Definitely anything that claims to be a fat burner. Other than the old ECA stack, which has now been taken off the market, there really isn’t any evidence behind using these miracle fat loss pills. Other than that, folks taking things like DHEA haphazardly without understanding that they have pharmaceutical effects.
4. Can you elaborate briefly on ECA and DHEA? I imagine a lot of people have no idea what those are.
Sure. So ECA stands for ephedrine, caffeine, and aspirin and was used for fat loss before ephedrine was banned. It was banned due to potential health risks.
DHEA, on the other hand, stands for Dehydroepiandrosterone. It’s one of our endogenous hormones and you can take it over the counter, although I wouldn’t supplement with it without a physician’s guidance.
5. Knowing you’re a fat loss expert, what are a few of the most common mistakes you encounter when working with people trying to slim down?
Top mistakes I see are:
Lack of accountability and support, which are likely needed for the long haul.
Setting unrealistic goals that lead to failure and rebound.
Crash dieting with no transition plan. For those of you who aren’t familiar with this term, crash dieting can be anyone going on a very low calorie diet whether with supplements or juicing. In the long term it’s a bad choice because of the potential rebound effect afterwards. Furthermore, anyone doing a very low calorie diet should be under medical supervision.
6. I couldn’t agree more. I think far too often “diets” fail because people try to do too much too fast. You were a high level athlete yourself, so probably encountered the supplement craze as much as I have. In particular, high school and collegiate athletes are bombarded with advertisements for the latest and greatest pill and/or powder that’ll help them reach the next level. What sort of general recommendations can you offer these individuals to help sort through it all?
I loved supplements, especially in high school as an athlete. I certainly wasted some money though.
My recommendations are to keep it simple and first make sure the entire diet is set (which usually gets put on the back burner).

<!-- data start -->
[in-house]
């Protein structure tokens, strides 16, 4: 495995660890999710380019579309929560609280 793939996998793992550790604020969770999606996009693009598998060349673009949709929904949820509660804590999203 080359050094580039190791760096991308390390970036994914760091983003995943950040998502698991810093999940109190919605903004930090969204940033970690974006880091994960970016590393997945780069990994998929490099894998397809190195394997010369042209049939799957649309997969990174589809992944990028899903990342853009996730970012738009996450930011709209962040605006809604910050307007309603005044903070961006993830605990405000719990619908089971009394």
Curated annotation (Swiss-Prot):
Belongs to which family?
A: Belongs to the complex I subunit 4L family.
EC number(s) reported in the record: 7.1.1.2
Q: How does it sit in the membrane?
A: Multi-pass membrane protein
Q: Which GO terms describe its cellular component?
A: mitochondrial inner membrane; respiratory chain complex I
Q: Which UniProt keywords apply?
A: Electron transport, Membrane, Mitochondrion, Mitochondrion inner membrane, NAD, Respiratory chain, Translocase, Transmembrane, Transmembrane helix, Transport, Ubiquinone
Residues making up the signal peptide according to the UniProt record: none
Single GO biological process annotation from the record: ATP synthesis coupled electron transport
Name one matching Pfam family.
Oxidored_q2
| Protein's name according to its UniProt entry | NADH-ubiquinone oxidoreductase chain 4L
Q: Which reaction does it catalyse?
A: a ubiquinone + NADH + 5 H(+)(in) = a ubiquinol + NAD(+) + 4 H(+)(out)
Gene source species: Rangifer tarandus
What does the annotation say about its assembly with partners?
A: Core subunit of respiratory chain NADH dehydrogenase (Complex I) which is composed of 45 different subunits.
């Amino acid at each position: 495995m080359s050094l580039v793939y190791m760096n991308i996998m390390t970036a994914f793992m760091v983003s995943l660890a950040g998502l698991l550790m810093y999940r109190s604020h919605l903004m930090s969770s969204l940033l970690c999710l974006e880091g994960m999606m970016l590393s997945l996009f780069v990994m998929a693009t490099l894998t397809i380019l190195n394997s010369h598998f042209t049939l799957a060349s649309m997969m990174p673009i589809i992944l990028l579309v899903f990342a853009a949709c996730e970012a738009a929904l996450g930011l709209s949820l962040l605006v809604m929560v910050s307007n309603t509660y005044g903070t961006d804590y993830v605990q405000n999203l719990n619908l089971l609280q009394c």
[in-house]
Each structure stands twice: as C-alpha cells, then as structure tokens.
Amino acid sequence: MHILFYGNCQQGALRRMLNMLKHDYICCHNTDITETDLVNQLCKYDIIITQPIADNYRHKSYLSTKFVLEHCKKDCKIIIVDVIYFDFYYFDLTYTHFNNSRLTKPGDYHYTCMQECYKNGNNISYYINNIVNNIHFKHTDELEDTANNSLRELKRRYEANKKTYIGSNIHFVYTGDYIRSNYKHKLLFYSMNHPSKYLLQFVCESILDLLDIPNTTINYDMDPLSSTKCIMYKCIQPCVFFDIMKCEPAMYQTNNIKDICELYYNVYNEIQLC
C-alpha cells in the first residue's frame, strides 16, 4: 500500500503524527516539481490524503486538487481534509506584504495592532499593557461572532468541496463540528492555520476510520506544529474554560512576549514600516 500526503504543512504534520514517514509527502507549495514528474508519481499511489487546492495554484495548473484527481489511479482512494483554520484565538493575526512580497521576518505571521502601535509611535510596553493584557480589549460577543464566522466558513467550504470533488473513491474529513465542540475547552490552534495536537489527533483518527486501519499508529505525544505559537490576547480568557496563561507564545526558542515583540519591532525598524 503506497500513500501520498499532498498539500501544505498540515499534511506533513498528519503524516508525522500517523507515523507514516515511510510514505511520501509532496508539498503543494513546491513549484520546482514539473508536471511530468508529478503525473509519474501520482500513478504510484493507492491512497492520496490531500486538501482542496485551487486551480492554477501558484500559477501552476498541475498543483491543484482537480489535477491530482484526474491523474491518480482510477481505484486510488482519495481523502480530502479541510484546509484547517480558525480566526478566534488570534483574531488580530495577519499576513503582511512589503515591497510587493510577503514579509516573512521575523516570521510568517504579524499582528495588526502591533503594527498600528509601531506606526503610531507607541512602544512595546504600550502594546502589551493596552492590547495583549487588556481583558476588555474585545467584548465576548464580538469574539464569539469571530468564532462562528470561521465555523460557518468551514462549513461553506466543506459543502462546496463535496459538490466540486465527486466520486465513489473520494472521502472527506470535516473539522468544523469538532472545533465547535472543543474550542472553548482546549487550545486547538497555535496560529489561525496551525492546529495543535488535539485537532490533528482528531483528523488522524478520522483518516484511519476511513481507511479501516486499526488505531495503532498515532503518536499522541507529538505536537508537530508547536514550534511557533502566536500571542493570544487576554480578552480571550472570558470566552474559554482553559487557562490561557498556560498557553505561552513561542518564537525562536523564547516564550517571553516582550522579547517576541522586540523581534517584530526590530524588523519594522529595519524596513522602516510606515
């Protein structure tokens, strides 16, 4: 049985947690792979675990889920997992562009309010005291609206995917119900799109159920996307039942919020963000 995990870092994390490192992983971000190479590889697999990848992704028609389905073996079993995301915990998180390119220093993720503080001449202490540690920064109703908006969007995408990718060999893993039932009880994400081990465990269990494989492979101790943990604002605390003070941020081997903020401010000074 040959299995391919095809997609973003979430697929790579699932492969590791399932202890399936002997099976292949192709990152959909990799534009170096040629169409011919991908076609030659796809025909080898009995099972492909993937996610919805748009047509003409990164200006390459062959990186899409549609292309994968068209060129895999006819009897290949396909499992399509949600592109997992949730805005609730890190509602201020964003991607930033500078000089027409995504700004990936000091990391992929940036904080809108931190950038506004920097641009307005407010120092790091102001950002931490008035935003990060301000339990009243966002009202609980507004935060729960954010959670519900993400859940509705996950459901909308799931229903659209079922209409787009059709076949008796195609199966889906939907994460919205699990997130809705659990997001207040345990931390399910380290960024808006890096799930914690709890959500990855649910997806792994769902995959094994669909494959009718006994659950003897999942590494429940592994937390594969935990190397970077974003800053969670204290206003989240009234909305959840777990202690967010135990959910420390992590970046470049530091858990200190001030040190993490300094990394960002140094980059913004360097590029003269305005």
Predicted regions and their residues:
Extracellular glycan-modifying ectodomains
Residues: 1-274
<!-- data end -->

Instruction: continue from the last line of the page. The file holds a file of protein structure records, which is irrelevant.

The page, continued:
From there I would keep it simple with a good protein powder (milk or egg based) and potentially creatine depending on their goals.
7. Nutrition and supplementation, like so many other things, are highly individualistic. What tends to work well for one person may not work as well for another. With that being said, however, do you have any general supplement recommendations for the post collegiate athlete looking to stay strong, healthy and fit (assuming they have their diet in order of course)?
Protein powder is always on my list. I might be bias since I have been using protein powders dating back to middle school/high school, but having sufficient protein will help with recovery and body composition.
Beyond that, targeting nutrient deficiencies particularly magnesium, vitamin D, and vitamin K might be a good idea as well.
Having a cup or two of coffee before workouts is a great pre workout as well with caffeine being a potent aid.
8. Examine.com has been a tremendous step forward in the world of supplementation. Before you guys came along people had hardly anyplace to go for quality info. What do you see for Examine moving forward and the state of the supplement industry as a whole?
We would like to get more involved with a mainstream focus. It would be great if we were a household name where someone could see a doctor selling something on TV and we have all of the evidence for it. Beyond that, working with academic institutions would be great.
9. I always like to end on a lighter note, so if you could have one superpower what would it be and why?
I have ALWAYS wanted to fly…. although invincibility would be awesome too. I could then come up with some sort of flying machine and it wouldn’t matter if I crashed it because I was invincible.
Well that’s about it for today. I’d just like to thank Dr. Spencer Nadolsky for taking time out of his busy schedule to join us, and I highly recommend you go checkout the Supplement Goals Reference Guide if you haven’t done so already. Like I said before, it’s a go to resource and a must have in my books.